Bringing Together Partners and Solutions

As a local leader, Mayor Beach’s involvement was instrumental in the development of Crystal Creek subdivision. Since no new homes had been built in the area for over 10 years, there was a lack of suitable houses for the comparable appraisal approach to be a viable option.  Building on Fahe’s relationships with the national agency, Mayor Beach went to D.C. to discuss the situation with USDA-Rural Development.  They took his testimonial into consideration and allowed his recommended cost approach to appraisals to be utilized.  Thanks to Mayor Beach’s dedication to his town, Fahe’s expertise, and USDA’s willingness to craft solutions to Beattyville’s appraisal challenges, the community was able to move forward on the first new construction in the area for over 10 years.

With appraisals secured, BHDC learned to package USDA 502 Direct Loans at 1% rates.  By becoming a packager, BHDC ensured rural families access to affordable mortgage products that are often nonexistent in remote underbanked rural communities.  Without the availability of USDA 502 Direct mortgages, the subdivision’s development and consequent infrastructure improvements would have been delayed or unrealized.

The Results

The creation of Crystal Creek Subdivision provided 50+ families with affordable housing and an increase of approximately $4.5 million to the city’s tax base.  The availability of quality, affordable housing has attracted the expansion of businesses to the area, resulting in 150 new jobs.

The increase in public private partnerships in Beattyville also resulted in other essential community development:

  1. Lee County Clinic—Beattyville partnered with Fahe Member Kentucky River Community Care (KRCC), a mental health care organization, to construct a healthcare facility to serve low-income residents.
  2. Lee County Water Transmission and Storage Tank Project—This project included the construction of a transmission line for treated water from the water treatment plant across the Kentucky River to the water storage tank site included the construction of two 300,000 gallon water storage tanks though a partnership between Lee County and Beattyville as the utility owner (area benefit for LMI persons was 57%).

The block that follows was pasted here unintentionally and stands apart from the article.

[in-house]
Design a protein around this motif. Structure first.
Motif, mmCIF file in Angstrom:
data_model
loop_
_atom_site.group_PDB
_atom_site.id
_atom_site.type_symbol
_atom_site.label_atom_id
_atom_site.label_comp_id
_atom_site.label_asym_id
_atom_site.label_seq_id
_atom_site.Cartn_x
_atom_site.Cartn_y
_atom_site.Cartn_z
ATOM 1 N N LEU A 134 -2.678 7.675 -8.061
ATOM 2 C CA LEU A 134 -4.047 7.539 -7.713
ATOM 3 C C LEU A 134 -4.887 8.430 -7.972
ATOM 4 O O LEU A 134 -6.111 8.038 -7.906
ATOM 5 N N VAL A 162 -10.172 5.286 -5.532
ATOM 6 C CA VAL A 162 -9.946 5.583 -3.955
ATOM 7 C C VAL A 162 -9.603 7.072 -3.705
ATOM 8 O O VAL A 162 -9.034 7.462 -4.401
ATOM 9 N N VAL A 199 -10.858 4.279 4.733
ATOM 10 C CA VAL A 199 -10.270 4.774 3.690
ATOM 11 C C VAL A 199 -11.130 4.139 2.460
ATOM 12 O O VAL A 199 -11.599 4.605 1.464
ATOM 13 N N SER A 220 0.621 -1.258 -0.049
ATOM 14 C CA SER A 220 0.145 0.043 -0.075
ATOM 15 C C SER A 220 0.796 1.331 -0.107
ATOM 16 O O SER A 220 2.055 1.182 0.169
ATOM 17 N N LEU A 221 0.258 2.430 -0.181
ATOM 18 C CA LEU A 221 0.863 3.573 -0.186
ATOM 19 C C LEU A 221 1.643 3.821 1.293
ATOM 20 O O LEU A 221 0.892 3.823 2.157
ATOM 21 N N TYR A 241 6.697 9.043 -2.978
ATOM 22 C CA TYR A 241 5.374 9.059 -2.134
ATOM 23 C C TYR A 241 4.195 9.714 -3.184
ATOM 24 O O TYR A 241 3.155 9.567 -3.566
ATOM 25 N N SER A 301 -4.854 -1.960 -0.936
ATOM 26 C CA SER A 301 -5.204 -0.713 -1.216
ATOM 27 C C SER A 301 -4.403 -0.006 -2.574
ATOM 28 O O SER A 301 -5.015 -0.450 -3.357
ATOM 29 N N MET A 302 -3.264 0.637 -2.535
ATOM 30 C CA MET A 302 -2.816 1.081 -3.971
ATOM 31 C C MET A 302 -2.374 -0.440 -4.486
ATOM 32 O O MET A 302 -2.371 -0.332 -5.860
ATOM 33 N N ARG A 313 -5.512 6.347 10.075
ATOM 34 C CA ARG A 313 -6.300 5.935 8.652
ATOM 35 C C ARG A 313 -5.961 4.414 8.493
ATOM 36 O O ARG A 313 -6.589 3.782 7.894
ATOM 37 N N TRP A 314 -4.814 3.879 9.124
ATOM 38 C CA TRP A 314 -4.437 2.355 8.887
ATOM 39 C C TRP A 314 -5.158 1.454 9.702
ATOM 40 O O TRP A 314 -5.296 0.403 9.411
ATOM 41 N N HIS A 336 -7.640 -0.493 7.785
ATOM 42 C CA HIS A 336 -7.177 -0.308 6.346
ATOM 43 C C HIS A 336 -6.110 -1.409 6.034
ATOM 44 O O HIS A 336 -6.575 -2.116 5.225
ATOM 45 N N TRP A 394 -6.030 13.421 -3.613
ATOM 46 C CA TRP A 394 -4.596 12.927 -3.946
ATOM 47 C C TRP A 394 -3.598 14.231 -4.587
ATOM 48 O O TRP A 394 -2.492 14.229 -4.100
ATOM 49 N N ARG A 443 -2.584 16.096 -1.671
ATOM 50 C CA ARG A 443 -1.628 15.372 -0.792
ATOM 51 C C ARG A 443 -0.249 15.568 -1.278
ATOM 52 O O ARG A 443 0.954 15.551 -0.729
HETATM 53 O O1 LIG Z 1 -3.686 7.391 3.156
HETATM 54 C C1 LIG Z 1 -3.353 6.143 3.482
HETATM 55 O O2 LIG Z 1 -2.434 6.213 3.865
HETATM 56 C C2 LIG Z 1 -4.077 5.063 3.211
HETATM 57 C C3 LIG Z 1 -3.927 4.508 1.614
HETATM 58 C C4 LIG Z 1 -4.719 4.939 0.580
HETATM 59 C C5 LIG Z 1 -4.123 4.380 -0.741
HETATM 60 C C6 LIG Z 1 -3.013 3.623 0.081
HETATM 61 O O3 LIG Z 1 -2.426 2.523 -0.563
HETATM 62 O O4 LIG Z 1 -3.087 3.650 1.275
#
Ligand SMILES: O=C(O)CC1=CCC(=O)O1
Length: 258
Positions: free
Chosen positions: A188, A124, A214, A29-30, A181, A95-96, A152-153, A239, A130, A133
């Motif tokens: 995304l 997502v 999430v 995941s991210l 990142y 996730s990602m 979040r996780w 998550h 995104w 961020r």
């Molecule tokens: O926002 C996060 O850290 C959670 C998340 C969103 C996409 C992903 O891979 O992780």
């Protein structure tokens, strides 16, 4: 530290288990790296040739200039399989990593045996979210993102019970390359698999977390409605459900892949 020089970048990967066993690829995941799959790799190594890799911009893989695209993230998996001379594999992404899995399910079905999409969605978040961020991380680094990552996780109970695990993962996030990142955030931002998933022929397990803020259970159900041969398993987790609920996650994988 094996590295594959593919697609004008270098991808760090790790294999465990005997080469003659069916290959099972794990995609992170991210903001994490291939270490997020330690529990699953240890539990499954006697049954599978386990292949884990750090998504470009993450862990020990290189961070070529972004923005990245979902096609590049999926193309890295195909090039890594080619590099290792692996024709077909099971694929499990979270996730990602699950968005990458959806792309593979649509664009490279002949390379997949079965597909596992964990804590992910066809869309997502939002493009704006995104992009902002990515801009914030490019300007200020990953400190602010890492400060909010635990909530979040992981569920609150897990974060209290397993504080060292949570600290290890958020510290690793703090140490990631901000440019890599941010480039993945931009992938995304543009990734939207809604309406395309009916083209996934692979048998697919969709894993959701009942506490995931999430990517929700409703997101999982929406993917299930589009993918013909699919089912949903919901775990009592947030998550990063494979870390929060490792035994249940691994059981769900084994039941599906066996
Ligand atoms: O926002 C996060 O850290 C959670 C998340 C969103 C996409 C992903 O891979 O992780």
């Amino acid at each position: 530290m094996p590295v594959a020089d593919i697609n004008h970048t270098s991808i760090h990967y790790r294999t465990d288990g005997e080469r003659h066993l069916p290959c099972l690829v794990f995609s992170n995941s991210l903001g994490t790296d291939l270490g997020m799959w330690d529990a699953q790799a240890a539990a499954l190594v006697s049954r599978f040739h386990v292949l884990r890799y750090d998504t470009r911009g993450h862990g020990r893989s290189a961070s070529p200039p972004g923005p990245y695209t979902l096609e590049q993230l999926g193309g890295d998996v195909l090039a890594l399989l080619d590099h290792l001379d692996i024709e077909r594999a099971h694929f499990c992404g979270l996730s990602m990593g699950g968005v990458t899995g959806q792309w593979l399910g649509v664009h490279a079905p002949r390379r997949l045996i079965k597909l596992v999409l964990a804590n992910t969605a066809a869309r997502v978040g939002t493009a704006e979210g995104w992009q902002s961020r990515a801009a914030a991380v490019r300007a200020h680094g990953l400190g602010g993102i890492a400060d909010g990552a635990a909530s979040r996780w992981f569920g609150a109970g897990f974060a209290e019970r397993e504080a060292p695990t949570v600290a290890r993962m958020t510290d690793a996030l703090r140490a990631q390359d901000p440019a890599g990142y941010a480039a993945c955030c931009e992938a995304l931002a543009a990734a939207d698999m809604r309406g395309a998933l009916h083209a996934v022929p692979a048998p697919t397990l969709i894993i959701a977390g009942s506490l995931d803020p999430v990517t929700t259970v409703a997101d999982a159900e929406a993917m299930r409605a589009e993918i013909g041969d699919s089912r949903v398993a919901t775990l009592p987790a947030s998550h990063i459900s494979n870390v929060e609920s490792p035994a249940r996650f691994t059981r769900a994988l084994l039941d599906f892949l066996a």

3. Beattyville Water Treatment Plant—The city constructed a 2.0 MGD water treatment facility with road access as a regional water treatment facility.
  4. Red Bud Housing—KRCC, built 32 two bedroom rental units on three scattered sites in Breathitt, Lee, and Wolfe Counties, KY, for households earning less than 50% Area Median Income (AMI) who are also special needs.  All units were rented the day the project received its Certificate of Occupancy.  Funding came from Fahe’s Housing Equity Fund through the syndication of Low Income Tax Credits, State Affordable Housing Trust Fund, and Federal Home Loan Bank Affordable Housing Program Grant.
  5. West Place—BHDC worked with a local contractor to construct 2 Energy Start Standard duplexes for families at or below 80% AMI on property sold to BHDC by the City at a reduced rate; construction financed by Kentucky Housing Corporation through HOME Investment Partnership Program and State Affordable Housing Trust Fund.
  6. Beattyville Senior Apartments—Beattyville partnered with BHDC to purchase and renovate an old school building into 18 senior apartment units.  The apartments provide housing to persons 55+ years or older who have a household income at or below 60% AMI.

Creating an Economy to Live With

As of 2016, Lee County’s population has more than doubled to 6,752 people.  However, despite economic development provided through BHDC, the community still faces many hardships.  In 2016, the percent of rental homes above the affordability threshold was 68.1% compared with a statewide rate of 47.2% and mortgages were 42.5% compared to the state rate of 24.8%.  Though the median home price has risen by 6.3% since 2002, the median home value of $63.8K is significantly lower than the median home value of a similarly sized county in Kentucky, which was $96.3K.

However, change and progress remain evident in Lee County.  Beattyville Housing Development Corporation still continues to provide affordable housing, home rehab, rental, and commodities.  BHDC also helps combat homelessness in the area by working with the Homeless and Housing Coalition of Kentucky to obtain vouchers for homeless and disabled individuals as well as working with KRCC to obtain mental health and recovery services for at-need individuals.  Without Fahe and BHDC, such services would not be making a difference in the lives of Kentuckians.

While Beattyville’s economy is still far from ideal, the community’s improvement resulting from the creation of BHDC demonstrates that when resources and funding are made available for local leaders, change and growth follows even in the hardest to serve areas of Appalachia.